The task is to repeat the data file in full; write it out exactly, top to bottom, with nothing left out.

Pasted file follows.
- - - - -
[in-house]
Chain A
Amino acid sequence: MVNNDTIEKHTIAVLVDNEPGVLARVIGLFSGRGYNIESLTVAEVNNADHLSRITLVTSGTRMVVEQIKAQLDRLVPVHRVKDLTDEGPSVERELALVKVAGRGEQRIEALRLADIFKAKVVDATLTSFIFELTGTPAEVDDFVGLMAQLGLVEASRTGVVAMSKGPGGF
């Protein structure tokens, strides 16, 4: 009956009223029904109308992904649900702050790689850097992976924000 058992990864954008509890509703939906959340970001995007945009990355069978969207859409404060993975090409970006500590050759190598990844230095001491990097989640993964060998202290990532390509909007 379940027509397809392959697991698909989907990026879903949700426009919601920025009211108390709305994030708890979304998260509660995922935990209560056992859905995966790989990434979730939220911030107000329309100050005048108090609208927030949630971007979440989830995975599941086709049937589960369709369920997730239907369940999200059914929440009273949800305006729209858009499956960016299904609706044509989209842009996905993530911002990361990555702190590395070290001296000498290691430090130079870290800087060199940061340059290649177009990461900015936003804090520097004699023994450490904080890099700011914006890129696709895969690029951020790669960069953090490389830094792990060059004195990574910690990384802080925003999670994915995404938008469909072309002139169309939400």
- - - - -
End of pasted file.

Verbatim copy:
[in-house]
Chain A
Amino acid sequence: MVNNDTIEKHTIAVLVDNEPGVLARVIGLFSGRGYNIESLTVAEVNNADHLSRITLVTSGTRMVVEQIKAQLDRLVPVHRVKDLTDEGPSVERELALVKVAGRGEQRIEALRLADIFKAKVVDATLTSFIFELTGTPAEVDDFVGLMAQLGLVEASRTGVVAMSKGPGGF
């Protein structure tokens, strides 16, 4: 009956009223029904109308992904649900702050790689850097992976924000 058992990864954008509890509703939906959340970001995007945009990355069978969207859409404060993975090409970006500590050759190598990844230095001491990097989640993964060998202290990532390509909007 379940027509397809392959697991698909989907990026879903949700426009919601920025009211108390709305994030708890979304998260509660995922935990209560056992859905995966790989990434979730939220911030107000329309100050005048108090609208927030949630971007979440989830995975599941086709049937589960369709369920997730239907369940999200059914929440009273949800305006729209858009499956960016299904609706044509989209842009996905993530911002990361990555702190590395070290001296000498290691430090130079870290800087060199940061340059290649177009990461900015936003804090520097004699023994450490904080890099700011914006890129696709895969690029951020790669960069953090490389830094792990060059004195990574910690990384802080925003999670994915995404938008469909072309002139169309939400």